The Zombie Rights Campaign Blog

Dead Rising 2: Case Zero First Impressions

Or maybe it’s ‘Case 0′, like in the title screen? Whatever.

Ok, so the ZRC played the Dead Rising 2 prologue for a few hours this evening over dinner (a lovely ricotta and parmesean stuffed tortellini with a simple marinara sauce, thanks for asking). First impressions follow:

Every videogame series has conventions, at least after a while. Part of this is the need to appeal to players of the previous game, part is branding, part might be simple convenience, reusing the tools and development tricks that were cobbled together the hard way, the first time around. Bottom line, absent extensive effort, gaming conventions are a fact of life. Some even become iconic; Chocobos and Phoenix Downs, 1Up mushrooms and Fire Flowers, quarter circle forward fireballs.

Dead Rising 2: Case Zero marks the second game, or part of it at least, in a new hot-selling franchise of Anti-Zombie sandbox games. Still, being so early in the series, and standing apart from the first one in time, handed off to a new team to develop (the first Dead Rising was an internal Capcom project, whereas Dead Rising 2 was developed by Blue Castle Games) it’s shocking just how… conservative this game feels.

Case Zero doesn’t feel like the prologue to a new Dead Rising game; it feels like DLC for the first one.

A handy example of what I mean: when you lose the game in Case Zero, you get the same message as from the first game, ‘The truth has vanished into darkness’ or something like that. In the first game this made sense; you played an investigative photojournalist working on a mystery. In the second game, there’s no ‘truth’ you’re seeking; you play a father trying to keep his daughter alive while escaping the authorities. Yet they retained the message; why? Homage, or lack of creativity? You decide, I suppose.

The world, story, and objectives in Case Zero are remarkably truncuated. I’d expected as much but it’s still somewhat glaring, even in a five dollar download. The ‘town’ you’re exploring is a single block of two streets of the commercial district in one of those backroads small towns that stereotypically died out after the Interstates bypassed them. All shops and no houses here in Podunk, Nevada; it’s not at all clear where anyone in the town is supposed to have *lived*. It has/had a population of about 700, with no apartments, no houses, no full-service grocery stores. Paradoxically, despite its placement in the Nevada deserts, 46 miles from Vegas, it does have a hunting/fishing store, advertising prominently its focus on bass fishing and deer hunting.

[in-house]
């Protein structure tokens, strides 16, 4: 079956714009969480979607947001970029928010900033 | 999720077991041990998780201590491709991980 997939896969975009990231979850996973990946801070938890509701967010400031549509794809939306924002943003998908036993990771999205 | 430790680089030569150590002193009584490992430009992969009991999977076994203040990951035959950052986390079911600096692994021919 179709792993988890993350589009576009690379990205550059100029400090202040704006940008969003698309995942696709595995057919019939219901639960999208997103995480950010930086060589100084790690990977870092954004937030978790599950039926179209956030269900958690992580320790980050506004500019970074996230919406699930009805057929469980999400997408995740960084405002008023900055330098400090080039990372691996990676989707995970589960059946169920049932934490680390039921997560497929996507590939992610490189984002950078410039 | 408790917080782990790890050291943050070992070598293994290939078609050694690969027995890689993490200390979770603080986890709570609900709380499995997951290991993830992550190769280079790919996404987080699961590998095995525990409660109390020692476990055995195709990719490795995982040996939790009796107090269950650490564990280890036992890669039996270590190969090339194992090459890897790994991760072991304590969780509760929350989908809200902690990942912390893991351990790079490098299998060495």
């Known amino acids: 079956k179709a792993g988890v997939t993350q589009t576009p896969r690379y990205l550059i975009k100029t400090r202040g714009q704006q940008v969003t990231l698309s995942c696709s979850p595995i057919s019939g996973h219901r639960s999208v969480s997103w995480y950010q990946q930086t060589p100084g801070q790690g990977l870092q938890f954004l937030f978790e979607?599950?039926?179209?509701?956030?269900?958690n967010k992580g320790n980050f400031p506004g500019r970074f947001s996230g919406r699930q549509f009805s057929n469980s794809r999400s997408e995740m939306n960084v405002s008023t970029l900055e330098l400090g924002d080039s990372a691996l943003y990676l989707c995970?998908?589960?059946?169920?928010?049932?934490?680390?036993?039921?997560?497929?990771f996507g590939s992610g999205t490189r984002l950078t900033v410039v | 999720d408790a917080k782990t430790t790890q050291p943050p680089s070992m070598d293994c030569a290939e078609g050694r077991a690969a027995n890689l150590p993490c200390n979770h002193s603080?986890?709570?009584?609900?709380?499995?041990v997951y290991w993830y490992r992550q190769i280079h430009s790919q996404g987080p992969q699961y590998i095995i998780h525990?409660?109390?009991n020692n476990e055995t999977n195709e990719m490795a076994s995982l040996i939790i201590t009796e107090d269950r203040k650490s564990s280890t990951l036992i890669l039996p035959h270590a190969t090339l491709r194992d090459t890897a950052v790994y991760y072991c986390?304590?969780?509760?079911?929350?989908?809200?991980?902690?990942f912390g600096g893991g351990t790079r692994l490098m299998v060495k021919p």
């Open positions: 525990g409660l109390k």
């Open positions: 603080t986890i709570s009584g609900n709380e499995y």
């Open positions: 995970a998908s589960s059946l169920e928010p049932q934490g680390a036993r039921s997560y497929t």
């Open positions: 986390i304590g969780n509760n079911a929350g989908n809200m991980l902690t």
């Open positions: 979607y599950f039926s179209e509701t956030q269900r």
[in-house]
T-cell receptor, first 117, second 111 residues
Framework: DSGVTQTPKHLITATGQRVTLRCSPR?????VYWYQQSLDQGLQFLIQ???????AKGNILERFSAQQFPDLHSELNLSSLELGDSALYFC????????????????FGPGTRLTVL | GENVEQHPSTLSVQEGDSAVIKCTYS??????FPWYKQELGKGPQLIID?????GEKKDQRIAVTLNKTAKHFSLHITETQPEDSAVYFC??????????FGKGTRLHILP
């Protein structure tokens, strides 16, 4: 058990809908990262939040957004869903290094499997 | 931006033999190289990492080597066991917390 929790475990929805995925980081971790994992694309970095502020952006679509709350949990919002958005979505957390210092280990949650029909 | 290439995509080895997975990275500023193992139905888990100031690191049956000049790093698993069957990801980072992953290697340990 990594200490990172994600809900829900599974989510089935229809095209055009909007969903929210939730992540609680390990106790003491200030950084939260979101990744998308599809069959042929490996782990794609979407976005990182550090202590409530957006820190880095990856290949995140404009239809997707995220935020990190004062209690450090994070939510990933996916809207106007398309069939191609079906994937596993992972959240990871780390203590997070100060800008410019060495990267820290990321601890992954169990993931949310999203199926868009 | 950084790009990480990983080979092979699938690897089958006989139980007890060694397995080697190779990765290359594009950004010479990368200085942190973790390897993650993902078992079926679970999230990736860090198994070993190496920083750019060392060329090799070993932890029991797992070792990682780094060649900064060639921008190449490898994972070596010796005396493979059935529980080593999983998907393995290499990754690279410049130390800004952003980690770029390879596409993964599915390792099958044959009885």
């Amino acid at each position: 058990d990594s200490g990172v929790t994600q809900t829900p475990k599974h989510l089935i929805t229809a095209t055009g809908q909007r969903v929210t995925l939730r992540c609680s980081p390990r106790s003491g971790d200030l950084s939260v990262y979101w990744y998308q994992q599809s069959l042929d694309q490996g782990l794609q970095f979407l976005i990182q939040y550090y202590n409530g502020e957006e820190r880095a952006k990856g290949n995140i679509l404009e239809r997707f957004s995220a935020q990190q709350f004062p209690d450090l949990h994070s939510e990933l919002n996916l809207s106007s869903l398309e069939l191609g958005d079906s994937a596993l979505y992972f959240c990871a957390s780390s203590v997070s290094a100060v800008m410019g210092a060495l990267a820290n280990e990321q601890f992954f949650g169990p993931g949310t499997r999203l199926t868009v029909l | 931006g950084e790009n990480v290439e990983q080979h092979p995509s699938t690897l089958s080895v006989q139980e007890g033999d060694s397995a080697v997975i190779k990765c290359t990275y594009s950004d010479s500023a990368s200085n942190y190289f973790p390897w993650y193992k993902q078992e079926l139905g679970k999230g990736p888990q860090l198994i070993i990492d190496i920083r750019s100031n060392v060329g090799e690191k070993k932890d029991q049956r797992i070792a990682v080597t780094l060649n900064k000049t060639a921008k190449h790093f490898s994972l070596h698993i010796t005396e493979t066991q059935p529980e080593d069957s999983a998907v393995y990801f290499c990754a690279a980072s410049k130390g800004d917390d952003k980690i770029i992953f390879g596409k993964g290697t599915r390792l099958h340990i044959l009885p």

Err… in Nevada?

(Weirder still, said store’s stock consists largely of broadswords, harkening back to a particularly fan-servicey splatter weapon from the first game)

The first Dead Rising took place in a mall, referencing the seminal Zombie-bashing movie Dawn of the Dead. Dead Rising 2: Case Zero seems to forget it’s NOT set in one. It’s kind of distracting.

As for playing the game… the ZRC is conducting a sort of experiment with the Case Zero download: we’re trying to complete the game’s main story mode without killing a single zombie. Is it doable? Hard to say. We’ve completed most of the tasks set out before us, but one survivor has to be rescued to ‘win’ and he seems to insist on your character killing Zombies before he’ll allow himself to BE rescued. Bizarre I know. Perhaps he has psychological problems.

Still, our commitment to non-violence forces us to try our best to resolve the situation. I’ll let you know how that turns out, plus, eventually, a review of just how depraved the game gets in its anti-Zombie violence.

Until next time.

About The Author

The role of 'Administrator' will be played tonight by John Sears, currently serving as President of The Zombie Rights Campaign.


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